(There is some irony in the film’s casting. Ed Norton and Emma Stone play supporting roles: they previously starred as the Hulk and Spider-Man’s girlfriend, respectively. Birdman wouldn’t have been commercially viable without the name recognition they earned in their more popular roles).

The film puts the tension between Riggan’s ache for artistic redemption and his crass superhero past on display quite literally: Birdman haunts Riggan. Riggan hallucinates, hears Birdman’s raspy whisper as a voice in his head, sees him floating or crouching nearby, imagines he has telekinesis.

Riggan, crippled by insecurity and hounded by doubts about his worth, worships an ideal of artistic integrity, and it drives him mad. A New York stage critic pours venom on Riggan and, by extension, every Hollywood blockbuster, action film, superhero comic book sequel, prequel, and reboot:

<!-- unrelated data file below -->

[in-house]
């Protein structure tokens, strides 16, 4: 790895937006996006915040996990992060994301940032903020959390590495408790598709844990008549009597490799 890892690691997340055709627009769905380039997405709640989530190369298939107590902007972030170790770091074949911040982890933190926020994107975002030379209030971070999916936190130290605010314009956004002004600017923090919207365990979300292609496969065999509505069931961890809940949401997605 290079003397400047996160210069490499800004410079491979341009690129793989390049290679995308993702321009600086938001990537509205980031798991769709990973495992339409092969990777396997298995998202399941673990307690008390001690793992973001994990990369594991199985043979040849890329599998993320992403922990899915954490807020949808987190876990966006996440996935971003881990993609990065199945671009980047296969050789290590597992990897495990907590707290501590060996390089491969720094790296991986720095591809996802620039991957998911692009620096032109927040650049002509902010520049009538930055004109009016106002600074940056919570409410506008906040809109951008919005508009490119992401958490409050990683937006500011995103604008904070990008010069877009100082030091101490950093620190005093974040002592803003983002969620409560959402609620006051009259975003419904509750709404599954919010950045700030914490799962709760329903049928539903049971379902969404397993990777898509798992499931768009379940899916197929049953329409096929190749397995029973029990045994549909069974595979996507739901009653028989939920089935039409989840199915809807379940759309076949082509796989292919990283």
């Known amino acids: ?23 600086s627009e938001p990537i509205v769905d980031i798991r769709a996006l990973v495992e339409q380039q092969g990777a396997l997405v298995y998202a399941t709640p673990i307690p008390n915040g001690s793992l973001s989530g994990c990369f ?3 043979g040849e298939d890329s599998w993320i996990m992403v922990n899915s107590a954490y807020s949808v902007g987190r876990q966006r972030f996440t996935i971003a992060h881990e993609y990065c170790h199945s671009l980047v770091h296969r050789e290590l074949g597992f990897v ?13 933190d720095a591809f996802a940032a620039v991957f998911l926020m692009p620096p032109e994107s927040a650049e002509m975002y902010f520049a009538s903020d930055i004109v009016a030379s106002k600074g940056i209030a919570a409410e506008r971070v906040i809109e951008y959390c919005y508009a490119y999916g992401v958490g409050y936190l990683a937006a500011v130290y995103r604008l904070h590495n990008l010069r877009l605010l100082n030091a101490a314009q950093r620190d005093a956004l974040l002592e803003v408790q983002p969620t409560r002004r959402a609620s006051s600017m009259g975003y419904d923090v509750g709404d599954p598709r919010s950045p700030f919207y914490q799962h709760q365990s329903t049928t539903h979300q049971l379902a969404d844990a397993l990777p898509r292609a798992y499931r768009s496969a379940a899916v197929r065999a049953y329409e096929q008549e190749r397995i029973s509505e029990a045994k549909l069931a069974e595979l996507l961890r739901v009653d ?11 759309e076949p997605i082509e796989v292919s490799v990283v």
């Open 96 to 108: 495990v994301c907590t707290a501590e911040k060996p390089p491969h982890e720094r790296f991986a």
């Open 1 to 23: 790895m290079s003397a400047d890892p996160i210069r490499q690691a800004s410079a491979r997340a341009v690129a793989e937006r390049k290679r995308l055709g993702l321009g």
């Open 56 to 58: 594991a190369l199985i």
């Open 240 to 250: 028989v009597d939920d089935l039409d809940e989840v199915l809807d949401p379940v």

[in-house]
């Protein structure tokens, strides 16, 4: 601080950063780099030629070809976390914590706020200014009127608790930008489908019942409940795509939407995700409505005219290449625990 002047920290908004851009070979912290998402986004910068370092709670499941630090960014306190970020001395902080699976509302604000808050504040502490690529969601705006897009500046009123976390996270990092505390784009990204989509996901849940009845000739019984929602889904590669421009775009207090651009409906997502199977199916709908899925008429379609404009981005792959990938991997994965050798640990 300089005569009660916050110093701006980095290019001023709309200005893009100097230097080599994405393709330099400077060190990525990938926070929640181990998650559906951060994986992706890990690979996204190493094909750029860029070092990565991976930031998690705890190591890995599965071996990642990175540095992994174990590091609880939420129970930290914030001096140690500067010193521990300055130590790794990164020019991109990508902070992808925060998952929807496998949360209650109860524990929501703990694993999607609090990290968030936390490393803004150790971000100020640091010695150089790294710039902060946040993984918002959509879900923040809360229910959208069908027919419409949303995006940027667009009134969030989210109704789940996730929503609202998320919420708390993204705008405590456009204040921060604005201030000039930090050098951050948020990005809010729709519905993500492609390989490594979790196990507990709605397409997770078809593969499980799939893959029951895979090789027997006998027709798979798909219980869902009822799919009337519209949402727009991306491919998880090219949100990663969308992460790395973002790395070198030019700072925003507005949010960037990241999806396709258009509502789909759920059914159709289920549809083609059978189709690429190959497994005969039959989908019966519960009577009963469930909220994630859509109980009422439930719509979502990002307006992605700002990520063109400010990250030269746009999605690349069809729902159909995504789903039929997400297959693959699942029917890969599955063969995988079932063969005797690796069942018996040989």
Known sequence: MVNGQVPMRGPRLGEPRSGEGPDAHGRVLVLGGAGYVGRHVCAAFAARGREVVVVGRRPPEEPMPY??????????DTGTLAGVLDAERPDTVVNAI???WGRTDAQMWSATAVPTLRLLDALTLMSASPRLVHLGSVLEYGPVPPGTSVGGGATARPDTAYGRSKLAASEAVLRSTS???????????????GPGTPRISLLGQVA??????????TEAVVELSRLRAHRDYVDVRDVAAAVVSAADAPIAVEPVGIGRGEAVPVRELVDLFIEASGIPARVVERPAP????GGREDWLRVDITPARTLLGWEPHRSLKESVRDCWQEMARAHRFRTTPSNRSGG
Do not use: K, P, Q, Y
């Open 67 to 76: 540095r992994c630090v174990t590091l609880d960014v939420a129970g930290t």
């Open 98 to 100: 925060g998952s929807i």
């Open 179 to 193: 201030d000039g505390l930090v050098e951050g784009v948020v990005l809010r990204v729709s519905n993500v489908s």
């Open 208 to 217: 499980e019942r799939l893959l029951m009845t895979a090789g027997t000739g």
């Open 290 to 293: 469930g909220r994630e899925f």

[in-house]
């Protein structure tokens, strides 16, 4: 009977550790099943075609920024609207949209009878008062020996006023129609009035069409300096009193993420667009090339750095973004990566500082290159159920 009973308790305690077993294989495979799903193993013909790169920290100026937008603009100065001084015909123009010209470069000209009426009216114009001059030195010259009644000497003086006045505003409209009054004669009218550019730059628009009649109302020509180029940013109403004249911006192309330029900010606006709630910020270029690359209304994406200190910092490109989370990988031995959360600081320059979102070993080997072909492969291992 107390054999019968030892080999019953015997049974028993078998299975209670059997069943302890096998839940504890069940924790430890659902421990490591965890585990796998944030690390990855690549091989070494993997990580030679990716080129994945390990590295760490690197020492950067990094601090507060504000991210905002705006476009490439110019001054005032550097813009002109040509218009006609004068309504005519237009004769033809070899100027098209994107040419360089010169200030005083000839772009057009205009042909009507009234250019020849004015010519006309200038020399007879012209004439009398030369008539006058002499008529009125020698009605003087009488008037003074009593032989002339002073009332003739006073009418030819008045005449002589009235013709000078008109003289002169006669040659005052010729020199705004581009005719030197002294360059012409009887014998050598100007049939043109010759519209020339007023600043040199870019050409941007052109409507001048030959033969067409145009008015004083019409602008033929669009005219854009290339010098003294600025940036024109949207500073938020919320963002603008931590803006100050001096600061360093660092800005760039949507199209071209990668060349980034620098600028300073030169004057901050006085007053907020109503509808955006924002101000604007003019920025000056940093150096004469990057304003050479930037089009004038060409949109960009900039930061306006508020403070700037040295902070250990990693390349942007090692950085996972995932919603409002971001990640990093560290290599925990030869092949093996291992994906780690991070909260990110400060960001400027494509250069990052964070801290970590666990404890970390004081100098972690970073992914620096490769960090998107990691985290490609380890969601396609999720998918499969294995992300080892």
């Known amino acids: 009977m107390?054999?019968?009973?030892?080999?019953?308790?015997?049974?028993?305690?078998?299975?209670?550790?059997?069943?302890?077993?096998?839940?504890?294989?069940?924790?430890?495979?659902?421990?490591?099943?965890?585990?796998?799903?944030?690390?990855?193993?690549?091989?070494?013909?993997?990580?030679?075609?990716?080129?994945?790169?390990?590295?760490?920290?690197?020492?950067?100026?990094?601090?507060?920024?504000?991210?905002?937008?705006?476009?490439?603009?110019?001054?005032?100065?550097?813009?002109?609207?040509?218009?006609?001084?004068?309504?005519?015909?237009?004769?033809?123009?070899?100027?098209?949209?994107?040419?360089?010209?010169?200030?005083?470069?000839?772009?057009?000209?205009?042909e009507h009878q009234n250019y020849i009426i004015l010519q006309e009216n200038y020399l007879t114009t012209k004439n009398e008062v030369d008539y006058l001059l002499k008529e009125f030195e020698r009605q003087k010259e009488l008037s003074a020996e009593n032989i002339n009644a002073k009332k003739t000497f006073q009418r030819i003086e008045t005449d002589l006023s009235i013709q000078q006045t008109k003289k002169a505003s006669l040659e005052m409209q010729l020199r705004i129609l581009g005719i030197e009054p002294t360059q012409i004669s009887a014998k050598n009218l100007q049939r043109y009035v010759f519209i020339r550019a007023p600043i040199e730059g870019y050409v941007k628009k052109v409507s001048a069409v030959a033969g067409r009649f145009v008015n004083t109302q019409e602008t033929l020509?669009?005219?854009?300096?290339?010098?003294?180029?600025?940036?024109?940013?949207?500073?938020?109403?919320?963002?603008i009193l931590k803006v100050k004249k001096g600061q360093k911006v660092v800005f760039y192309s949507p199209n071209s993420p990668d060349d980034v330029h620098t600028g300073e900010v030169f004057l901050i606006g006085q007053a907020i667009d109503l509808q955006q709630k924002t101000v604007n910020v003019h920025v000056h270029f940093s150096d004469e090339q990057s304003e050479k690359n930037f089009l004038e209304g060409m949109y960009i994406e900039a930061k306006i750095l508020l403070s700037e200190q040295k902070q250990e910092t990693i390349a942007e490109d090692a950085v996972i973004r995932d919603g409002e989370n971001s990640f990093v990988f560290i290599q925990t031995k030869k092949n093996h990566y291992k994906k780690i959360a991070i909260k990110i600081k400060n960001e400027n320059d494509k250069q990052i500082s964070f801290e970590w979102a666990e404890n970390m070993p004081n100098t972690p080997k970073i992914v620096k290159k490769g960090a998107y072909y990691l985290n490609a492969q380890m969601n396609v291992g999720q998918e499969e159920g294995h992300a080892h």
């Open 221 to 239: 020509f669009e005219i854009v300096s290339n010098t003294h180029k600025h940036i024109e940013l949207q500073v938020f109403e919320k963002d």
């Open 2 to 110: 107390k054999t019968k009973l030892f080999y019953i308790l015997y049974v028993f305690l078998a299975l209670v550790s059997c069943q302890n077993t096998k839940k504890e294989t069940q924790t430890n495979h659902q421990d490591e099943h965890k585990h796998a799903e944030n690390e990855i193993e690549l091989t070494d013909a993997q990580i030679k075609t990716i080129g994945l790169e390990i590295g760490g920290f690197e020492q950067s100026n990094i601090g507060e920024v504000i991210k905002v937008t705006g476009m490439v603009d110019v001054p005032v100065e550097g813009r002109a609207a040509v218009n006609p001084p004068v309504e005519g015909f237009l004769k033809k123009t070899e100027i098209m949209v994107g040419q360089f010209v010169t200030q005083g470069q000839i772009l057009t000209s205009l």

I hate you and everyone you represent. Entitled, selfish, spoiled children. Blissfully untrained, unversed and unprepared to even attempt real art. Handing each other awards for cartoons and pornography….You’re no actor. You’re a celebrity. Let’s be clear on that.

In revenge, Birdman demands that Riggan just play the system for all it’s worth, take the money and run.

Give the people what they want… old-fashioned apocalyptic porn. You are larger than life, man. You save people from their boring, miserable lives. All you have to do is…

[Riggan snaps fingers, and explosions occur, shooting starts, soldiers get shot, choppers fly and shoot, one gets shot down]

That’s what I’m talking about. Bones rattling! Big, loud, fast! Look at these people, at their eyes… they’re sparkling. They love this. They love blood. They love action. Not this talky, depressing, philosophical bull***.  You’ll glimmer on thousands of screens around the globe. Another blockbuster. You are a god.